COVID-19 Notice: The Nass Valley area is open only for self-guided driving tours at this time. For more information, please visit: http://www.nisgaanation.ca/covid-19
K’alii-Aksim Lisims (the Nass River) flows from glaciers high in sacred mountains through a valley of towering forests connecting the heavens, earth, and sea. This is the homeland of the Nisga’a, who have lived here at least since the end of the last Ice Age, when the ancestors say a great flood changed the world. Today, the Nisga’a greet visitors with a warm Aam Wil
Bakwsim’, which means both “welcome” and “it’s good that you came.”
The Nisga’a Nation includes approximately 8,000 people, many of whom reside in the villages of Gingolx, Laxgalts’ap, Gitwinksihlkw, and Gitlaxt’aamiks—100 km northwest of Terrace via Nisga’a Highway 113. After 113 years of seeking formal recognition of their claim to this place, the Nisga’a secured British Columbia’s first modern treaty. Now, they welcome the world.
Come and wander a primeval landscape—vast lava beds that hold the history of 2,000 lives lost in Canada’s last volcanic eruption. Float down one of North America’s richest salmon rivers. Discover a world-renowned treasury of Northwest Coast Indigenous art and artifacts. On Nisga’a Lands, the majesty of the natural world and the legacy of its people are yours to
experience and enjoy.
At Nisga’a Memorial Lava Bed Park, stop in at the Visitor Centre to book a guided tour or pick up a copy of the self-guided Auto Tour of Nisga’a Lands. Download the Tour Map here.
Gitlaxt’aamiks is the capital of the Nisga’a Nation and the site of numerous Nisga’a pts’aan (classic Northwest Coast totem poles). In carving sheds throughout Nisga’a Lands, Nisga’a carvers are at work on traditional pts’aan, feast bowls, and canoes. Visit the Gitlaxt’aamiks Interpretive Centre to plan your adventure and learn how to visit Nisga’a Lands respectfully. Book a tour of the soaring Nisga’a Lisims Government building to learn about the struggles and triumph of a self-determined people.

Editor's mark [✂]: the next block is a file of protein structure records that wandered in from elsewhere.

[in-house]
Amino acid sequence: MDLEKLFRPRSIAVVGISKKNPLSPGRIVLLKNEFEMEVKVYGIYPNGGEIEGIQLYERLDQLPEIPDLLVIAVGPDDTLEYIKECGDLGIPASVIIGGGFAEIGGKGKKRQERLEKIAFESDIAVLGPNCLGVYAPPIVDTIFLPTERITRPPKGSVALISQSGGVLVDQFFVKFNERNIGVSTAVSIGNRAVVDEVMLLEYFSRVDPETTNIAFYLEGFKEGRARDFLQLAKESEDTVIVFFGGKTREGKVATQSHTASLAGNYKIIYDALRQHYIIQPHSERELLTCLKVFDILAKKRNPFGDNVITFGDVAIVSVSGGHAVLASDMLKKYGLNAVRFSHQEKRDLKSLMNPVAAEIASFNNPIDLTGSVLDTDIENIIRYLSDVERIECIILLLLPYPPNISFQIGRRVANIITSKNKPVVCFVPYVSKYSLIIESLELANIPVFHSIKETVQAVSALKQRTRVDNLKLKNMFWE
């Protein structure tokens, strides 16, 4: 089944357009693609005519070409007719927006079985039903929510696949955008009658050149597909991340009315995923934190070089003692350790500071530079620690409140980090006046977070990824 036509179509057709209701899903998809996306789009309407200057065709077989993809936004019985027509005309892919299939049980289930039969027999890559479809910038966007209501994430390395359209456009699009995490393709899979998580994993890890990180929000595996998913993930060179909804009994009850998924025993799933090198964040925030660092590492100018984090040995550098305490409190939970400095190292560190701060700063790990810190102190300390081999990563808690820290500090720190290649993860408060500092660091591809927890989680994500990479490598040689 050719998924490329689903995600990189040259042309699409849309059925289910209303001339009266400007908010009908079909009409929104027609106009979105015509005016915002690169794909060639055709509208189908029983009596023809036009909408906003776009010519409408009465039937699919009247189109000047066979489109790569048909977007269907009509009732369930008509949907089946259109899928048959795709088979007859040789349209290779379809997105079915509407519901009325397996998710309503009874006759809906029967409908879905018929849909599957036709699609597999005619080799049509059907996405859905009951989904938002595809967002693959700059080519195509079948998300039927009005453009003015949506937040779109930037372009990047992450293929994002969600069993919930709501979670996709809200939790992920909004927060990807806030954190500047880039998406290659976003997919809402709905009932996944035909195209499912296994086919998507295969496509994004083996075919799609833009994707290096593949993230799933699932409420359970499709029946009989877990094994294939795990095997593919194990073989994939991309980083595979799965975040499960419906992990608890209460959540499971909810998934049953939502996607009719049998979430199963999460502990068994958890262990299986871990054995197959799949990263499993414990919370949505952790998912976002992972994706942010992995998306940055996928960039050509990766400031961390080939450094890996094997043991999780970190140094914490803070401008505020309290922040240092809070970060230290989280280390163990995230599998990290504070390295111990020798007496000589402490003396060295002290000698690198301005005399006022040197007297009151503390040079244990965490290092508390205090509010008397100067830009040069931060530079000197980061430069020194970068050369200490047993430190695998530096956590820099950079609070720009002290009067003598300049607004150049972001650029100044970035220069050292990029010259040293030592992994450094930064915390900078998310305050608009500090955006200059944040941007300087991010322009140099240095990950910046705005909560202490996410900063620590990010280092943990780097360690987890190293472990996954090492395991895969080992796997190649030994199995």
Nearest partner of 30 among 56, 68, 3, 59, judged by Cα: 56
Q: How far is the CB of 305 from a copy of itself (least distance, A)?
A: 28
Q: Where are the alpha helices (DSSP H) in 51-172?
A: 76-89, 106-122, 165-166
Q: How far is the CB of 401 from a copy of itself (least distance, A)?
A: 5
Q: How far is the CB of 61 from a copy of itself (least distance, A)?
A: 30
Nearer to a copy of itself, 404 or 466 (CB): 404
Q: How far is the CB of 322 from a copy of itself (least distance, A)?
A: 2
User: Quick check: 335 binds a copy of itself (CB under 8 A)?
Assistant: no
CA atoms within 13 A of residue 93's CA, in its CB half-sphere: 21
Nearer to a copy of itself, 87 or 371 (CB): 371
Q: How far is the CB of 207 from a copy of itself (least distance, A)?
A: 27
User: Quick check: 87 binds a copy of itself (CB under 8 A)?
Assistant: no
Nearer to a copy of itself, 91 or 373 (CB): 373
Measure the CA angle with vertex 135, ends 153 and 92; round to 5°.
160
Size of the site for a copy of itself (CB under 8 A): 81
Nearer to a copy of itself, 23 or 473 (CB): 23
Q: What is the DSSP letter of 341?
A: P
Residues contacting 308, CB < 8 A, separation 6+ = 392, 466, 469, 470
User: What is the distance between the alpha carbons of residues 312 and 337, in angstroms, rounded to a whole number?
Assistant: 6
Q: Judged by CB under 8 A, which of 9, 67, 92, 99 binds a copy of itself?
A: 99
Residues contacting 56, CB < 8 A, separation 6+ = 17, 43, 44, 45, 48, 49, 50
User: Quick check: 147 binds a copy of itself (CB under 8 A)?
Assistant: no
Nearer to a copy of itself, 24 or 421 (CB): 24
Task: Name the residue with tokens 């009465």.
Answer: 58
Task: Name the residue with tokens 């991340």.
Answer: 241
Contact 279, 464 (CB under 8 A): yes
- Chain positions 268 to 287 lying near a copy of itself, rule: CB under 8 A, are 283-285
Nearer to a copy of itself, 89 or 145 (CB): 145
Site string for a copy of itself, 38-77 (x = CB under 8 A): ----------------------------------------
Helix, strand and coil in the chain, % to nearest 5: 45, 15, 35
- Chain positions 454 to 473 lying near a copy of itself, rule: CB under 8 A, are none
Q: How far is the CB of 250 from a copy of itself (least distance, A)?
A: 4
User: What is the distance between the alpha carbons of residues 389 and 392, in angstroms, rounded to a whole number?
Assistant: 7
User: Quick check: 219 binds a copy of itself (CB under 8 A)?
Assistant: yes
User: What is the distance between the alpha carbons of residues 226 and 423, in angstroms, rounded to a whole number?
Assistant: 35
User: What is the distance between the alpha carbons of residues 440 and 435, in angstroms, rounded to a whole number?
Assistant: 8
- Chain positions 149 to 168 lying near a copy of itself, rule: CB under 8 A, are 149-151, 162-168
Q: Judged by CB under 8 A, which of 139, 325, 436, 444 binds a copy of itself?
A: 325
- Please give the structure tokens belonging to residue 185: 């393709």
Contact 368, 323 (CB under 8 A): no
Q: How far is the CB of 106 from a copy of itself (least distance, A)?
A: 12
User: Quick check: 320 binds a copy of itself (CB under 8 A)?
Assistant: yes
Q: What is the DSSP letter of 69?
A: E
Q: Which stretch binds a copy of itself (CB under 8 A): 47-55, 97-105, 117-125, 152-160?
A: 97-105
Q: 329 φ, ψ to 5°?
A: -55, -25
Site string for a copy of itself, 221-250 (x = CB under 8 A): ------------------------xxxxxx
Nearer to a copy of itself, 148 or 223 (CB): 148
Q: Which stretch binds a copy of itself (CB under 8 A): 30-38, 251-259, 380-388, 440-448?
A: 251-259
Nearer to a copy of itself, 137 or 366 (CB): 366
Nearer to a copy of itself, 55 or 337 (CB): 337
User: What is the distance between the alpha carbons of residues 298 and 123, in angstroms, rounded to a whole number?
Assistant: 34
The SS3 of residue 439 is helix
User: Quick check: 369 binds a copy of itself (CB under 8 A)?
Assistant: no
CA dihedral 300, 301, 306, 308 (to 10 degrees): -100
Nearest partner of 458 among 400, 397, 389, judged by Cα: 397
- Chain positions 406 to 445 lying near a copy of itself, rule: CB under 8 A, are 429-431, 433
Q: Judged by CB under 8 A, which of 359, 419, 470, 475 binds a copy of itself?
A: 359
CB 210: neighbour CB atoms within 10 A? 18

Gitwinksihlkw is located along the north bank of the Nass River in one of British Columbia’s most dramatic natural settings. For generations, the village was accessible only by its 122-meter suspension footbridge. Today, a modern vehicle bridge—flanked by four pts’aan—also provides access. Just west of the village, a short boardwalk leads to Hlgu Isgwit Hot Springs, known traditionally as the dwelling place of Sbi Naxnok, a supernatural being whose presence is detected by the smell of sulphur. Today, visitors are welcome to use the change rooms, then bask in two large cedar tubs surrounded by forest. This is a culturally significant heritage site. Enjoy it with care and respect.
Situated on the Nass River estuary, Laxgalts’ap means “village on village” in honour of the previous Nisga’a communities that have occupied this site over millennia. Traditional smokehouses and drying racks tell the tale of an ancient and enduring reliance on the bounty of the sea. The surrounding waters—spawning grounds of five Pacific salmon species—make this
is a world-class fishing destination. Local guide/outfitters know where and when the salmon run.
Laxgalts’ap is also the location of Hli Goothl Wilp-Adokshl Nisga’a, the Nisga’a Museum, an exceptional collection of Nisga’a art and artifacts. With a design inspired by traditional Nisga’a longhouses, feast dishes, and canoes, the museum contains exquisitely carved masks, bentwood boxes, headdresses, and regalia from generations past. A permanent home for the
preservation and celebration of all that is Nisga’a, the museum is also a centre of research, learning, and cultural tourism in northwest British Columbia.
The fishing village of Gingolx, once known as the Place of Skulls to ward off intruders, is now renowned for its golden hospitality and seafood, especially crab and halibut. Stroll the Sea Walk, rent or launch your own kayak, take a guided fishing, cultural, or wildlife-viewing tour. Taste the bounty of the sea at U See Food U Eat It restaurant.
February is a special time in Nisga’a Lands, when the crescent moon takes the shape of a Nisga’a wooden spoon. This is Hobiyee—the Nisga’a New Year. All are welcome to join in the celebrations.
To learn more, book tours and accommodation, visit Nisga’a Tourism.